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In-Depth Post 1: The Beginning

And so the second main pillar of the TALONS program begins!

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For my in-depth project, after a few days of deliberation (and several voices of input from family members, as well as my interviewee for my eminent person) between recording music and jazz piano, I chose the latter. I have played classical piano for the last ten years, and played jazz pieces once or twice, and I was intrigued by the art. I would occasionally hear “Tonic”, a jazz radio show, at night on CBC Radio 2. I believe that jazz piano will make me a better overall musician, once I have embraced different types of music. Jazz represents a very different style than classical music, and I believe it can make my interpretations more rich, creative and personal. Jazz piano, in many ways, is more accessible to general audiences than classical music, which will be an advantage when I’m in a more comfortable and relaxed setting, such as Coffee House. Basically, it’ll offer me a opportunity in which I can learn a new genre, improve my classical playing, and also help for future performances and gigs.

My goals for this project are to accomplish the above, but I also set out more skills that I want to learn by the end of May:

  1. Be able to learn basic jazz “notes”, scales and rhythms
  2. Be able to learn basic jazz accompaniment, and briefly explore styles of jazz (bebop, swing, stride, etc.)
  3. Be able to learn basic, short melodic improvisations based on a set of chord progressions
  4. Be able to play in a jazz ensemble, and learn various skills to work together with the other musicians in weekly sessions
  5. By June, have performed in various different settings (for individuals, in small groups, and before large audiences)

The jazz ensemble I’m part of is run by Ben Sigerson (his blog link is here), and includes a few grade 10 TALONS and other students. I had my first practice with them this past Monday, and it was fairly nerve-wracking to sight read music I had never seen before. It was especially difficult because jazz piano notation is made of a melody line with chords above it, which is very different than classical piano scores. But I was able to adjust by the end, and Ben helped me by playing a bassline.

For my mentor, after some searching, I connected with Chris Sigerson (yes, Ben’s dad!) through a mutual friend. His biography is very extensive, and here is just a short portion of his website bio:

He has played many gigs over that time from small jobs playing background music to concert halls and recording studios. Chris has collaborated with a wide range of artists, Canadian and international, and feels fortunate to have worked with many of the world-class musicians and vocalists in Vancouver. Chris has been featured on many CBC radio broadcasts over the years as a sideman and leader and continues to work in the recording studio for others’ and his own projects. He has produced five albums. They include; “Heritage”, “A Father’s Dream”, “Merry Chris, Chris, Christmas”, “A Christmas Tribute”, and “Live At The Thomas Ave. Grill”.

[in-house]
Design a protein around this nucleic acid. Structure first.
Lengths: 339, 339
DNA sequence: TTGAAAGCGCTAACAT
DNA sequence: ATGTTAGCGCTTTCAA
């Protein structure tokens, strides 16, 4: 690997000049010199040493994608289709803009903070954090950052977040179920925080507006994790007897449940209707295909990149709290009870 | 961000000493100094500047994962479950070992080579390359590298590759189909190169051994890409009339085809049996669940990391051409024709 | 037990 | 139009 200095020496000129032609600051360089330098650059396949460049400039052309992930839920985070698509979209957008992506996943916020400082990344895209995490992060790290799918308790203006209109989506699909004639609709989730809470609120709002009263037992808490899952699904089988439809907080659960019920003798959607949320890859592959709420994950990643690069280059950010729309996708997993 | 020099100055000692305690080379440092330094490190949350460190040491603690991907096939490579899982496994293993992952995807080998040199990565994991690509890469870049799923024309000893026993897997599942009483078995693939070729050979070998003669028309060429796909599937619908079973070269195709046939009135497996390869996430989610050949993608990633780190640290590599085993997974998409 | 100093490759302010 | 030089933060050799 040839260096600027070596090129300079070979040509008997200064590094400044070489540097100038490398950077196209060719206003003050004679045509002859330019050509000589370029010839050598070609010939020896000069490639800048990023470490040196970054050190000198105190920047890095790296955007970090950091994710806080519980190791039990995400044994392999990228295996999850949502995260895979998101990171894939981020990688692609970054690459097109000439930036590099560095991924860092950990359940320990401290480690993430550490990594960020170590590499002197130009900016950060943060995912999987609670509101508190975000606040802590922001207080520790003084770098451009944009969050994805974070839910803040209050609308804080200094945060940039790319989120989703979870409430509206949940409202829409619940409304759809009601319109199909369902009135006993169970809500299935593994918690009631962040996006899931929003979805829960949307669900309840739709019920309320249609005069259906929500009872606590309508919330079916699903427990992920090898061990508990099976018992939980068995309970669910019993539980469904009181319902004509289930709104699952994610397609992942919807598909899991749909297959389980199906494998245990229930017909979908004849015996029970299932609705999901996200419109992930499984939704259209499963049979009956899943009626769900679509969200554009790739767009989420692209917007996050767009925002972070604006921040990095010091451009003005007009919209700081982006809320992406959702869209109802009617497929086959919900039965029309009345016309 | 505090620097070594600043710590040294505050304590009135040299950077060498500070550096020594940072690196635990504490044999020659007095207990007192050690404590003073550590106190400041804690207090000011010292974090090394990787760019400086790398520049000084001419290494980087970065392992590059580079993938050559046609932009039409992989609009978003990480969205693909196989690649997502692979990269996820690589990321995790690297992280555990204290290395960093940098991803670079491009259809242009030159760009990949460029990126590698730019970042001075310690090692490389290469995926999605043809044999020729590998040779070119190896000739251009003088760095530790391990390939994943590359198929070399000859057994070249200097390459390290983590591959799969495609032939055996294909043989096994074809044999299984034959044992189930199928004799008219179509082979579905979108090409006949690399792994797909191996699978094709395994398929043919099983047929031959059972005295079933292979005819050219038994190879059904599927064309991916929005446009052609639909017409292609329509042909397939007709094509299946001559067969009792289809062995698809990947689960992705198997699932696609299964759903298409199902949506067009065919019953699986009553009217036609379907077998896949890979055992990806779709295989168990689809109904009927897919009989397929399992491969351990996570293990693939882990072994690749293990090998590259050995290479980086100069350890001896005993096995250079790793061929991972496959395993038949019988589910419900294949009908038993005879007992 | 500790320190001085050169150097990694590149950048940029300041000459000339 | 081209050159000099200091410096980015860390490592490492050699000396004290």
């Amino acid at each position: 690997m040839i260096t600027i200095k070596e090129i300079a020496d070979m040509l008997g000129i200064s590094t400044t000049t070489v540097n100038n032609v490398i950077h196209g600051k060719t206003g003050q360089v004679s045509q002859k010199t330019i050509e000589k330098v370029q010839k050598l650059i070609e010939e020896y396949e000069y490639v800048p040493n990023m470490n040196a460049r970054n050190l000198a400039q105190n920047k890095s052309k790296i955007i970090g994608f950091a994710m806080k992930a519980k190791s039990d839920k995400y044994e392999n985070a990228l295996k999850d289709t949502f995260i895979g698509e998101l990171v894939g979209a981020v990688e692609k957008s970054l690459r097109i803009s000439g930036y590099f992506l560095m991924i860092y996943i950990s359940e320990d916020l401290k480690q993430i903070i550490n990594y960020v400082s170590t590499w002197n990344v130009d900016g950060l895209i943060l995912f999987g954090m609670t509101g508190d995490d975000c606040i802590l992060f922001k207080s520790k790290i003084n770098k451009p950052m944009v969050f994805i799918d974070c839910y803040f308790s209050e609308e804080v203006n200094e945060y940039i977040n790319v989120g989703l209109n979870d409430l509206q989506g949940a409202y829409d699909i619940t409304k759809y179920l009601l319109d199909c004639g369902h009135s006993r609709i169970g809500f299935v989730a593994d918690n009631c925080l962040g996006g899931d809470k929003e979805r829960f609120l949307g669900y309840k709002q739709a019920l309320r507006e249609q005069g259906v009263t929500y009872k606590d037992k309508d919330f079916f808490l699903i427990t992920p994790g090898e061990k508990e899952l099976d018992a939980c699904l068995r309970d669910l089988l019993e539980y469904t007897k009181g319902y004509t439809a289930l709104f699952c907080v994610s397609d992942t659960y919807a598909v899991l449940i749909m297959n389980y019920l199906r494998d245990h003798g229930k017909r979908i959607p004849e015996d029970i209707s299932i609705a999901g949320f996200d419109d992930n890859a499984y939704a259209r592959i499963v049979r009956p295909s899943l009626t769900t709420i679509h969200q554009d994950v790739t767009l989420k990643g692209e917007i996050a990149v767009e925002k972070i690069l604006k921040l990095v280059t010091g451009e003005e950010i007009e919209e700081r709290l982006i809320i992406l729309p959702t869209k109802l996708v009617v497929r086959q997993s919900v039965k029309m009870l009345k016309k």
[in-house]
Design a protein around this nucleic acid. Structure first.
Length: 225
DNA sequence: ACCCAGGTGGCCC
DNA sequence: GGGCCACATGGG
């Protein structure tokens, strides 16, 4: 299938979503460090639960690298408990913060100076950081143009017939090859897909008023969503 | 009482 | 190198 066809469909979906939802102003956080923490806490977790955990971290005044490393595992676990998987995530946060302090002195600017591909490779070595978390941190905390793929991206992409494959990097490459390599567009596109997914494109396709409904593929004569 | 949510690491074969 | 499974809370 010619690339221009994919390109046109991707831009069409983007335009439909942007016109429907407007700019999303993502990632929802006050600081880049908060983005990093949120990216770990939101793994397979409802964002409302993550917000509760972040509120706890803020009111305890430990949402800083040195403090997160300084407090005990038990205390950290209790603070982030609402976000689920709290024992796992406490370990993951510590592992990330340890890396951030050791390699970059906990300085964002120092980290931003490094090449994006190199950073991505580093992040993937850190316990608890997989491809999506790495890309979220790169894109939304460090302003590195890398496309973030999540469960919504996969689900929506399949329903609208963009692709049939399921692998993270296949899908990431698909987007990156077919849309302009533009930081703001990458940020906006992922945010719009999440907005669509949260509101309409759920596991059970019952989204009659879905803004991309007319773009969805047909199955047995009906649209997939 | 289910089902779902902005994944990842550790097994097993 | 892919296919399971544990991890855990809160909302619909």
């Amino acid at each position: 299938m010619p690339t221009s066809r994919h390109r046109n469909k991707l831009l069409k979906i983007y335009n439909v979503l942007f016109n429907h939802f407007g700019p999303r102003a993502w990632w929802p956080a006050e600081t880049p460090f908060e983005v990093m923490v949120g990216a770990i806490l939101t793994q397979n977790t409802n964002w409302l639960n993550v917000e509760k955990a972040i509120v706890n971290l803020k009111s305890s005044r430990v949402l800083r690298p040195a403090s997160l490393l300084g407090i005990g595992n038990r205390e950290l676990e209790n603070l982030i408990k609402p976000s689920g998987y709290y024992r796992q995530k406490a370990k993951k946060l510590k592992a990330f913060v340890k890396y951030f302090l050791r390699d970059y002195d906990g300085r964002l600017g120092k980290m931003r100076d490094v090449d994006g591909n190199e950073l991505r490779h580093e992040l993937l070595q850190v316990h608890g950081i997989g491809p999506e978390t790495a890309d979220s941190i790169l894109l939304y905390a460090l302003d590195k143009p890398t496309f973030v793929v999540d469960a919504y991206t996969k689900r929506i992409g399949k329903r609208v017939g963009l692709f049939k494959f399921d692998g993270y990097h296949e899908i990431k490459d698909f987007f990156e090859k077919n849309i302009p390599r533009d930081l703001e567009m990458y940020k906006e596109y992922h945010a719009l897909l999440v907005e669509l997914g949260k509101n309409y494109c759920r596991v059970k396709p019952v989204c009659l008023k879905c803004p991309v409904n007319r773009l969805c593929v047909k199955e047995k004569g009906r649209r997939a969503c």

Chris also teaches jazz piano at Capilano University, as well as students in his home studio. I went to his house just yesterday to have my first lesson with him. Here are some of the materials he gave me:

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In just one lesson, we covered some basic jazz chords and progressions, and how to read jazz notation. By the end of our lesson, I did some basic improvisation over a chord progression that he played. I found that his laid-back, conversational nature of teaching was very easy to interact with, as he was able to make connections between classical and jazz piano and was knowledgeable in both areas. I didn’t find that there were any difficulties I encountered, other than the improvising. During it, I noticed that I ran out of ideas after a few bars. But this lesson was mainly to introduce the art of jazz piano, so there should be more concentrated focus on improvising in the near future.

Overall, I thought that I accomplished a sizeable portion of the introduction to my project – making goals, practicing with the ensemble, finding and starting to meet with my mentor. I’m excited to see what will happen in the next five months!

If you have to ask what jazz is, you’ll never know.

-Louis Armstrong

4 Responses to In-Depth Post 1: The Beginning

  1. Louise Hung says:

    Ensemble playing is so much fun -I hope you get to the point where you are comfortable enough with what your hands and brain are doing that you can look up and connect with your bandmates visually while playing. Nothing like a mid performance smirk of acknowledgment.

  2. Mulder ten Kate says:

    Wow. You are right on track. Record some of your sessions so you can hear your progress. Maybe you teach us a bit more detail about jazz music and how it is different in future blogs.

    Great start, Lucas.
    Mulder

    • lucas says:

      Thanks, Ms. Mulder! And yes, I just recorded myself playing a few pieces Chris gave me. The difference should be huge from now to the end of this project when I compare my recordings.

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